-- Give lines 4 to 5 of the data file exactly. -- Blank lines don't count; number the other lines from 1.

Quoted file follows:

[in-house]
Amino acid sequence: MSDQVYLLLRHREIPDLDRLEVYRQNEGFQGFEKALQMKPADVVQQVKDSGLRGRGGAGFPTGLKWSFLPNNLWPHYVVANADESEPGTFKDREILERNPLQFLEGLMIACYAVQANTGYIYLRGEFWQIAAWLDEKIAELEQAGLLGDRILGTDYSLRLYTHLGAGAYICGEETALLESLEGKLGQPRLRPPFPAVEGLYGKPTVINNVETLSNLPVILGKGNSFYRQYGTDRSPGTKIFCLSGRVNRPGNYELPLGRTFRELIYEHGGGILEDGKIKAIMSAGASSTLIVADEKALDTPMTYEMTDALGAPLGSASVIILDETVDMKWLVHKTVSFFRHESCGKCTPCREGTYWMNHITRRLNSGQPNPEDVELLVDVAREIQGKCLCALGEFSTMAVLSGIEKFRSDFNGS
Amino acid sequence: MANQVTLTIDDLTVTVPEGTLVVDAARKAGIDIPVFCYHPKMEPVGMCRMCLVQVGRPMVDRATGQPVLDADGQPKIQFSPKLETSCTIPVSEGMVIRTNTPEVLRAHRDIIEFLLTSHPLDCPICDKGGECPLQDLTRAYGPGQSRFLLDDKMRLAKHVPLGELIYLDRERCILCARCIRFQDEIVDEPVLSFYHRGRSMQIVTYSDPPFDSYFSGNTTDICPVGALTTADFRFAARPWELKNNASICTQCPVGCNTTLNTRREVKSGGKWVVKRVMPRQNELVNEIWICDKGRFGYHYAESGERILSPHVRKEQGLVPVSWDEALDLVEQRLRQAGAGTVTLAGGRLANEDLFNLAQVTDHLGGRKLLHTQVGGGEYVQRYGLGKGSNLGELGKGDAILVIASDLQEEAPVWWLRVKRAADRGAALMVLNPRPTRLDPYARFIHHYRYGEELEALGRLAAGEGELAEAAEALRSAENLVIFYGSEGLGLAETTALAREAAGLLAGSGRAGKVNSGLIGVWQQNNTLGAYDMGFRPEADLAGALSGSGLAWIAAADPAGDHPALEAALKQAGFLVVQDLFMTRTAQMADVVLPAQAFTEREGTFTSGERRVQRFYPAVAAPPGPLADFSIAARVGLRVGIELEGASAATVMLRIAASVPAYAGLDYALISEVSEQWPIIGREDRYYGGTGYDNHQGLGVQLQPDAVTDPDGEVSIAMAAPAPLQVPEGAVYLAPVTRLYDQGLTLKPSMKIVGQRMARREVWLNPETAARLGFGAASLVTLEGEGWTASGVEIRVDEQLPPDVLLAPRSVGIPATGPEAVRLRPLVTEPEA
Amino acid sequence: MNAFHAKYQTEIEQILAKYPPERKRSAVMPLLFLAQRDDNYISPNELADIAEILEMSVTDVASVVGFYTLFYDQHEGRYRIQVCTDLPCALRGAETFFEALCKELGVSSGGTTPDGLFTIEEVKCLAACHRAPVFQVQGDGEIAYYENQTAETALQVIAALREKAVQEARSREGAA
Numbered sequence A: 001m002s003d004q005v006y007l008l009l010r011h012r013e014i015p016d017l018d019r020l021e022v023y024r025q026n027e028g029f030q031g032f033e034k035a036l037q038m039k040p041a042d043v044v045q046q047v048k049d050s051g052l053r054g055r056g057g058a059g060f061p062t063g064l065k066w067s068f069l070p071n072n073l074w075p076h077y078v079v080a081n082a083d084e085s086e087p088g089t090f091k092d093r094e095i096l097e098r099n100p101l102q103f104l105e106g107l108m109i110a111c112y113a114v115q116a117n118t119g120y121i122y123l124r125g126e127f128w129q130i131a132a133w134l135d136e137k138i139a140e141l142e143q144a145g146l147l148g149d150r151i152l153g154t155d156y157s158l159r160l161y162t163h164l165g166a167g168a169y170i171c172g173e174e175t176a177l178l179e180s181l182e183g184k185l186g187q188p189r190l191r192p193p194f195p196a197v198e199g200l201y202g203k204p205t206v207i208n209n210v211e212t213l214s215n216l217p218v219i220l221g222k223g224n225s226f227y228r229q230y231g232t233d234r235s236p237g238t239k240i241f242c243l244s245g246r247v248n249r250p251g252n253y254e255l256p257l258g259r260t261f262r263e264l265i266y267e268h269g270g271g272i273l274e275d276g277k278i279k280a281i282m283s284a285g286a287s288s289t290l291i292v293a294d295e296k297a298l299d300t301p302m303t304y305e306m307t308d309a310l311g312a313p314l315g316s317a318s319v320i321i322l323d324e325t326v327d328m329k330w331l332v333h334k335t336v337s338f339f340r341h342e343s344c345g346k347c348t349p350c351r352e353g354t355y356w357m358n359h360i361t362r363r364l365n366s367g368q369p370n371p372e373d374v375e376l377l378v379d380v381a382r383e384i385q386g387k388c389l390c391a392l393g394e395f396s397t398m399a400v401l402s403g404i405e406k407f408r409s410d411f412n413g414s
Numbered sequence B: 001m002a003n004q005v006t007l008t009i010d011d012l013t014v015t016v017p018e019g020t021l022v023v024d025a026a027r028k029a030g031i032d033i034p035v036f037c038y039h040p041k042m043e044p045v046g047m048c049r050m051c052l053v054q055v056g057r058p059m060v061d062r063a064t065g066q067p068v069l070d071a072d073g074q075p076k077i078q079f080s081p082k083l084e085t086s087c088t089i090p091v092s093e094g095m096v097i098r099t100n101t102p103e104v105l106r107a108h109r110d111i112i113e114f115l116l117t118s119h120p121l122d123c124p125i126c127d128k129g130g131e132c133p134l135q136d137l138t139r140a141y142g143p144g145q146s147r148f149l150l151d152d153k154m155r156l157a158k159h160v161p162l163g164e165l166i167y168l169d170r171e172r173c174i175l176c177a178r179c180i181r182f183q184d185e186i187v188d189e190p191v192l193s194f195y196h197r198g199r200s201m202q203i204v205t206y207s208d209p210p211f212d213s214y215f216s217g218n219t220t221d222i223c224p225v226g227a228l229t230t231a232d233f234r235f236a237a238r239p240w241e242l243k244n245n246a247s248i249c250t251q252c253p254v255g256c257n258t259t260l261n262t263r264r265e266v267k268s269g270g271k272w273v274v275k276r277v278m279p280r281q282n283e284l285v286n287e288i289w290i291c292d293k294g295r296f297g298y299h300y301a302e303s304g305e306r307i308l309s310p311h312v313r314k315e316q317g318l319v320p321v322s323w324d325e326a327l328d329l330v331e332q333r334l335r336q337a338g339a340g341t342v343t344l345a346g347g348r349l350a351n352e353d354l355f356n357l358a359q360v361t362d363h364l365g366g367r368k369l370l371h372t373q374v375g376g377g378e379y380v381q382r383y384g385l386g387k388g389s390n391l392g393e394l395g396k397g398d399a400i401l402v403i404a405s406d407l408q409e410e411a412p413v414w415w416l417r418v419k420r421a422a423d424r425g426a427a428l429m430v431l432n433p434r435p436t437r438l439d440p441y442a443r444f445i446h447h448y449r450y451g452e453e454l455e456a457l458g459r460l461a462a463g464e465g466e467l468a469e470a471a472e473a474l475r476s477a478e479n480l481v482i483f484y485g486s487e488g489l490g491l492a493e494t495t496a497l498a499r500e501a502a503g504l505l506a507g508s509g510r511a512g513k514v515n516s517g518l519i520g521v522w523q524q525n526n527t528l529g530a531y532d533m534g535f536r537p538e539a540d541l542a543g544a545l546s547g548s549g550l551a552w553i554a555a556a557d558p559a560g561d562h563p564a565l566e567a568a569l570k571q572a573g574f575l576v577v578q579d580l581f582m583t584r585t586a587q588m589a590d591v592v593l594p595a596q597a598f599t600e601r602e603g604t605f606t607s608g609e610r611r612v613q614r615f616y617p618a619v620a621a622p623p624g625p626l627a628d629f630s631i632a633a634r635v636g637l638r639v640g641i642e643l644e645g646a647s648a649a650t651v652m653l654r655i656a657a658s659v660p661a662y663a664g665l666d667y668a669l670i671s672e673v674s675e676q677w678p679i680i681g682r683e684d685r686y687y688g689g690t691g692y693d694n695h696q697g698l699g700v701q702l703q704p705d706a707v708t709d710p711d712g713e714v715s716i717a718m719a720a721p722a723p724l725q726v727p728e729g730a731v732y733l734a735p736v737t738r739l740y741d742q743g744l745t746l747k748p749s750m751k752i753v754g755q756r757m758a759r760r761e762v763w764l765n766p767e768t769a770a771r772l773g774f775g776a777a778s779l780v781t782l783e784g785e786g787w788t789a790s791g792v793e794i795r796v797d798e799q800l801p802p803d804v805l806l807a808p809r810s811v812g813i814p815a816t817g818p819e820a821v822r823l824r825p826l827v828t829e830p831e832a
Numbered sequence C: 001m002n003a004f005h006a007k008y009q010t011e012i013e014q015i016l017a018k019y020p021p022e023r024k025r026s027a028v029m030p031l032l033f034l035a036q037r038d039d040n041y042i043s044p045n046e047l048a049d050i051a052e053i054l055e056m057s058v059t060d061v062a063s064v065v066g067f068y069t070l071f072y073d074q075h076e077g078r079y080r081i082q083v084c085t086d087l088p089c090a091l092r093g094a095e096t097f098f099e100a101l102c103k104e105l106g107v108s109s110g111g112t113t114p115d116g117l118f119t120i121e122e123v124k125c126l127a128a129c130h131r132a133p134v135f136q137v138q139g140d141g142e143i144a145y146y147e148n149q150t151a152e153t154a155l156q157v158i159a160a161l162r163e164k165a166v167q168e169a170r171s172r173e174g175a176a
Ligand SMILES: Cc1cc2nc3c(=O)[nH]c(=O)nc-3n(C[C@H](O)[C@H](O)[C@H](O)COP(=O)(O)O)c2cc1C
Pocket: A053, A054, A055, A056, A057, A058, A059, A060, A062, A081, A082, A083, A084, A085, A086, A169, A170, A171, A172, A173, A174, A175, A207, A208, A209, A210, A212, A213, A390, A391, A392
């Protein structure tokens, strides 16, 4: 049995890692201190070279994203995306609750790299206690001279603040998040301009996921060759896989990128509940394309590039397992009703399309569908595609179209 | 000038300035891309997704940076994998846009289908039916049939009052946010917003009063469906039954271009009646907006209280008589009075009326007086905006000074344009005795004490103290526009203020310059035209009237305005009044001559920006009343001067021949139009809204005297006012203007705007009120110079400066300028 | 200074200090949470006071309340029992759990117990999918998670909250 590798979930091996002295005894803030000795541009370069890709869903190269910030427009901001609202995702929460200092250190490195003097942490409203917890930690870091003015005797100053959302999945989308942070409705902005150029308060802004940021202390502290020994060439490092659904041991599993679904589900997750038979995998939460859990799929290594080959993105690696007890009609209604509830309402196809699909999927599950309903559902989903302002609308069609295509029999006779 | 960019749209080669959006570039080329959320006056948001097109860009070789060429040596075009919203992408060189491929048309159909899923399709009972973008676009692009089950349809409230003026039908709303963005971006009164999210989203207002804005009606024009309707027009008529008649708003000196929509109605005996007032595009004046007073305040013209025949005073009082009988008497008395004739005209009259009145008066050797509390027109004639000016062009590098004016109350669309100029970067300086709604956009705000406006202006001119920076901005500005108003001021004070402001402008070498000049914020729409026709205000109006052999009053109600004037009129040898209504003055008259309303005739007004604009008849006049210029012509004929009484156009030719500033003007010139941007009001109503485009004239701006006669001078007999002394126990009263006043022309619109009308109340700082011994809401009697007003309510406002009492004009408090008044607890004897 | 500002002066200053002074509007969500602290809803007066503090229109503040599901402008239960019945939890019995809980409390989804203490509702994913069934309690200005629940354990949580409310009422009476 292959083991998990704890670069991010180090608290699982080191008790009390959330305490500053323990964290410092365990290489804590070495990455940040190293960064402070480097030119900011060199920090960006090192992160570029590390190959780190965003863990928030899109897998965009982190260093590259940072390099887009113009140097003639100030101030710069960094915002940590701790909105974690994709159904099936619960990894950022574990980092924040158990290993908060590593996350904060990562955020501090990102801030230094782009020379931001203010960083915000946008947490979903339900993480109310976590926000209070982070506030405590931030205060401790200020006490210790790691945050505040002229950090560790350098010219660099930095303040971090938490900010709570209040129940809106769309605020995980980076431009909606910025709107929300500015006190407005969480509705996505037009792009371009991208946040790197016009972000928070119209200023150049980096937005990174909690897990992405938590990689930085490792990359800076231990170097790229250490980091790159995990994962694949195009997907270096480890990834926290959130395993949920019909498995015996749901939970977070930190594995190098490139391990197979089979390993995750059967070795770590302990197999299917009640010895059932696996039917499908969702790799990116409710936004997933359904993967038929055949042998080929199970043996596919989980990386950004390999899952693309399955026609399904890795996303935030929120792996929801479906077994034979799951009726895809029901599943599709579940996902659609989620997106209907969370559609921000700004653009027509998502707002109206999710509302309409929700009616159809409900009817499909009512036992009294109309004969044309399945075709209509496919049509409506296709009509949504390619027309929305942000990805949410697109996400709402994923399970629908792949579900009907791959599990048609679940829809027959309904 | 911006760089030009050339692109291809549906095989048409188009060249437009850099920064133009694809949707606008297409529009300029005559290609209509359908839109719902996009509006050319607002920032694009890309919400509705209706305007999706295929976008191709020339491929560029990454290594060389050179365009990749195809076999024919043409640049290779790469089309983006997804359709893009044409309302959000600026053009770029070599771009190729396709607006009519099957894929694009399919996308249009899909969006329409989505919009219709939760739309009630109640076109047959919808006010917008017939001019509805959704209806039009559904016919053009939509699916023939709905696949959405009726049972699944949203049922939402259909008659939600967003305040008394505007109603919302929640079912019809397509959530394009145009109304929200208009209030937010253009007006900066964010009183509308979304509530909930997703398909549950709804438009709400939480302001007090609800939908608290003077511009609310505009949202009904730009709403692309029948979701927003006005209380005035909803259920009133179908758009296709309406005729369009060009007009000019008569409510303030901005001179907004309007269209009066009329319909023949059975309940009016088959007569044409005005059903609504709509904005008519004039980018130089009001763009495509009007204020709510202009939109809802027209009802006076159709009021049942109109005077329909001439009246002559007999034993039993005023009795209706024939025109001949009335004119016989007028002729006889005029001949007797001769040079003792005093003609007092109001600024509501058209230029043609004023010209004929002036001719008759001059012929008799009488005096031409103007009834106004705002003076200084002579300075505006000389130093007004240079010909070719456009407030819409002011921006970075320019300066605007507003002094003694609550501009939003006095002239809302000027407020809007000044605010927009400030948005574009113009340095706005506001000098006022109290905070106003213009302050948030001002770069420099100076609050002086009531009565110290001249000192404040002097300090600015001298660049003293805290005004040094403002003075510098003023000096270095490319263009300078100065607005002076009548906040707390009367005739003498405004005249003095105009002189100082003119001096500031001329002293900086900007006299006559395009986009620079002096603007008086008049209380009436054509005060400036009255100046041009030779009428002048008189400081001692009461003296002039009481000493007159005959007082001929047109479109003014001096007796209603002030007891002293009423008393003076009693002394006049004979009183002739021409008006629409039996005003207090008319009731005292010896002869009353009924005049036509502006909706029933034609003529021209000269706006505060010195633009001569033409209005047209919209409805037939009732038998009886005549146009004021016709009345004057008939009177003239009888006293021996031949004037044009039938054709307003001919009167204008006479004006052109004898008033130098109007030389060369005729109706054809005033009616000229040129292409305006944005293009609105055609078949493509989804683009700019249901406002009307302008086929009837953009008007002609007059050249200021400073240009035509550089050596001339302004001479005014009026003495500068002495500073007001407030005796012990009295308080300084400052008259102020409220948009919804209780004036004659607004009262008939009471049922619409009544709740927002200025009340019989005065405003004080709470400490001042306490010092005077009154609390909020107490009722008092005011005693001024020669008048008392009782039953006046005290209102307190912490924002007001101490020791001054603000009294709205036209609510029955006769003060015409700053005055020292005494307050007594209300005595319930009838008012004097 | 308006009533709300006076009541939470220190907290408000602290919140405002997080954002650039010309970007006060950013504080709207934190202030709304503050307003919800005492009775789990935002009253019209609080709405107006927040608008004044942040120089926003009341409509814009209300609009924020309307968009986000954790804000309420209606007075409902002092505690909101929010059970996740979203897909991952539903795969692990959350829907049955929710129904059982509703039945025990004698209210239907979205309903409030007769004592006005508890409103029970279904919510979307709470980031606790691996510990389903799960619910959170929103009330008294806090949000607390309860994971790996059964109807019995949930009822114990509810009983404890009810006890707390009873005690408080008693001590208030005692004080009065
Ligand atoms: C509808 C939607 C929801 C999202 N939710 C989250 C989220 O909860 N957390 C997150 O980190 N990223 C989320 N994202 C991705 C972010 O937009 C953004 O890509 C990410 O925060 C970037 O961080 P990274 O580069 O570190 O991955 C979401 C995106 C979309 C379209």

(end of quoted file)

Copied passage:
Amino acid sequence: MNAFHAKYQTEIEQILAKYPPERKRSAVMPLLFLAQRDDNYISPNELADIAEILEMSVTDVASVVGFYTLFYDQHEGRYRIQVCTDLPCALRGAETFFEALCKELGVSSGGTTPDGLFTIEEVKCLAACHRAPVFQVQGDGEIAYYENQTAETALQVIAALREKAVQEARSREGAA
Numbered sequence A: 001m002s003d004q005v006y007l008l009l010r011h012r013e014i015p016d017l018d019r020l021e022v023y024r025q026n027e028g029f030q031g032f033e034k035a036l037q038m039k040p041a042d043v044v045q046q047v048k049d050s051g052l053r054g055r056g057g058a059g060f061p062t063g064l065k066w067s068f069l070p071n072n073l074w075p076h077y078v079v080a081n082a083d084e085s086e087p088g089t090f091k092d093r094e095i096l097e098r099n100p101l102q103f104l105e106g107l108m109i110a111c112y113a114v115q116a117n118t119g120y121i122y123l124r125g126e127f128w129q130i131a132a133w134l135d136e137k138i139a140e141l142e143q144a145g146l147l148g149d150r151i152l153g154t155d156y157s158l159r160l161y162t163h164l165g166a167g168a169y170i171c172g173e174e175t176a177l178l179e180s181l182e183g184k185l186g187q188p189r190l191r192p193p194f195p196a197v198e199g200l201y202g203k204p205t206v207i208n209n210v211e212t213l214s215n216l217p218v219i220l221g222k223g224n225s226f227y228r229q230y231g232t233d234r235s236p237g238t239k240i241f242c243l244s245g246r247v248n249r250p251g252n253y254e255l256p257l258g259r260t261f262r263e264l265i266y267e268h269g270g271g272i273l274e275d276g277k278i279k280a281i282m283s284a285g286a287s288s289t290l291i292v293a294d295e296k297a298l299d300t301p302m303t304y305e306m307t308d309a310l311g312a313p314l315g316s317a318s319v320i321i322l323d324e325t326v327d328m329k330w331l332v333h334k335t336v337s338f339f340r341h342e343s344c345g346k347c348t349p350c351r352e353g354t355y356w357m358n359h360i361t362r363r364l365n366s367g368q369p370n371p372e373d374v375e376l377l378v379d380v381a382r383e384i385q386g387k388c389l390c391a392l393g394e395f396s397t398m399a400v401l402s403g404i405e406k407f408r409s410d411f412n413g414s